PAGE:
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The Joseph F. Mattice Papers include correspondence, photographs, newspaper clippings, photographs and ephemera pertaining to the life and professional career of Joseph F. Mattice. The bulk of the collection consists of material from his political career as mayor of Asbury Park, specifically concerning the Asbury Park riots of July 1970.

The Joseph F. Mattice Papers include correspondence, newspaper clippings, photographs, and ephemera ranging from 1929-1985. The material is organized into six series: Asbury Park New Jersey Riots July 1970, Correspondence, Photographs, Ephemera, Newspaper Clippings, and Audiovisual materials. There is also one oversize folder consisting of a political flyer and two magazines. Mattice acquired the materials during his career as a student at Georgetown University, lawyer, city council member, district court judge, and Monmouth County board of elections member. Mattice was mayor of Asbury Park during the July 1970 riots. The riots lasted from July 4-10, 1970. They began in reaction to the African American community’s frustration with employment discrimination and the poor living conditions in the predominately African American West side neighborhood. The riots caused significant damage to the West Side, 167 people were arrested, and local and State police were summoned. In the end, city government and West Side residents worked together to come to a resolution. The Asbury Park July 1970 riots brought national attention to the town, which is documented via the received correspondence, clippings, and ephemera in the collection.

The later correspondence consists of personal letters and papers coupled with newspaper clippings pertaining to politics in Asbury Park and Monmouth County as a whole.

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Thomas Cripps papers, 1839-2009 and undated bulk 1940s-2009 98 Linear Feet — Approximately 62,475 Items

Retired professor of history at Morgan State University, scholar of the history of African Americans in the motion picture industry, prolific author of books and articles on the subject, and script writer. The papers of Thomas Cripps date from 1839 to 2009, and are arranged into three divisions: films, photographic stills of African American actors and productions, and professional papers, the largest group. Taken as a whole, the films, movie stills, research files, and publication files document Cripps's investigations into representations of racial and ethnic stereotypes in popular culture, particularly in film, but also touch on other issues such as gender in popular culture, portrayal of race in Nazi Germany, and the social dimensions of African American life in the U.S. during the 20th century. Other materials stem from college-level courses taught by Cripps on these same topics, and include many of the visual resources he used in his classes. Acquired as part of the Archive of Documentary Arts at Duke University.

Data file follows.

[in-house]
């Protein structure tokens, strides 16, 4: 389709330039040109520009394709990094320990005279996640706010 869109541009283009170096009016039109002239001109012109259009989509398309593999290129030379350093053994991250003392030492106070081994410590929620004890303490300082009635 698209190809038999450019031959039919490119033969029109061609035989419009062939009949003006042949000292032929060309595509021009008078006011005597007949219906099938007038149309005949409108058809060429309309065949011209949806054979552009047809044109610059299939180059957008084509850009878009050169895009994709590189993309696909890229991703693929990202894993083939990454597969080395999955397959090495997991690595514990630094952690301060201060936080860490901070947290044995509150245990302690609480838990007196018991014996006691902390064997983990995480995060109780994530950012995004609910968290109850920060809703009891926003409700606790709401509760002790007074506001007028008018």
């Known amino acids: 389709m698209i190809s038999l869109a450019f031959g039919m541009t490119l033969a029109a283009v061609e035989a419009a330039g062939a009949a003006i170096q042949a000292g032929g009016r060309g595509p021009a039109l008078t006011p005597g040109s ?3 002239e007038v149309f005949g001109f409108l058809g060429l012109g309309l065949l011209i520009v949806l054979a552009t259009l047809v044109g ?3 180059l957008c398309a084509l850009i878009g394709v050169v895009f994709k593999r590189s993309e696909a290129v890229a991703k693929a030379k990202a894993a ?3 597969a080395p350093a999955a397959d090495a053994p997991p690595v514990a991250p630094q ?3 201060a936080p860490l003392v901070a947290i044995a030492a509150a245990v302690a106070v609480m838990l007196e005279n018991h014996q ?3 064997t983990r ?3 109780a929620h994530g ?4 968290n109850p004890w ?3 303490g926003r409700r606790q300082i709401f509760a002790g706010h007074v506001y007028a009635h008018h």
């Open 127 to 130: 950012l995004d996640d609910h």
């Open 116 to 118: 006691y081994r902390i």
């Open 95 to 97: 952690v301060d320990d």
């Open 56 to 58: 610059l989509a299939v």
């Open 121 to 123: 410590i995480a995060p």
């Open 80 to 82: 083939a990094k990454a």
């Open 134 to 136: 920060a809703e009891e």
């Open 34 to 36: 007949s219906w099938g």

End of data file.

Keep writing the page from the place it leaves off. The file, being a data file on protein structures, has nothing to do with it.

The Thomas Cripps collection dates from approximately 1839 to 2009, with the bulk of the materials dating from 1940-2009, and is arranged into three main divisions: films, photographic stills of African American actors and productions, and professional papers, which is the largest group of the three (closed pending processing). The materials as a whole can be used to study a variety of themes and subjects: racial or ethnic stereotypes in popular culture (chiefly African American, but also Jewish, Irish, and Asian); American and European television culture, broadcasting, and advertising; African American artists; African American film-makers, most notably Oscar Micheaux; U.S. political and social events in the 20th century, including the Depression and the Civil Rights Movement; educational institutions for African Americans; and the teaching of African American history in U.S. higher education. There are significant research materials on Nazi Germany propaganda and the portrayal of race in the party's films.

The thirty-seven films found in the Films Series consist of film shorts, clips from feature films, newsreels, "Soundies," and television commercials, and were collected by Cripps for their portrayals of African Americans, performance by African Americans, or production by African Americans from the turn of the century into the late 1960s 1970s. He also collected filmic materials reflecting other racial and ethnic stereotypes, as seen in the Ethnic Films reel. There are viewing copies for all films.

The Still Photographs Series consists of hundreds of publicity stills and other images taken from U.S. and British feature films featuring African American actors from the silent film era through the 1970s. Many entries, which have been retained from the original envelope labels, carry titles from individual films, but other prints were arranged by Cripps into topical categories such as "Black Athletes," "Jungle Pix," "Silent Films," and "Exotic Primitives."

Cripps's professional papers, a very large group, are closed to access pending processing. They are currently loosely arranged into these series: Correspondence, Dissertation and Research, Morgan State University, Other Papers and AV Materials, Subject Files, and Writings. Beyond the topics discussed above, the materials also document grant proposals written by Cripps; his early dissertation work; coursework in a variety of settings; and his many publication projects.

Acquired as part of the Archive of Documentary Arts at Duke University.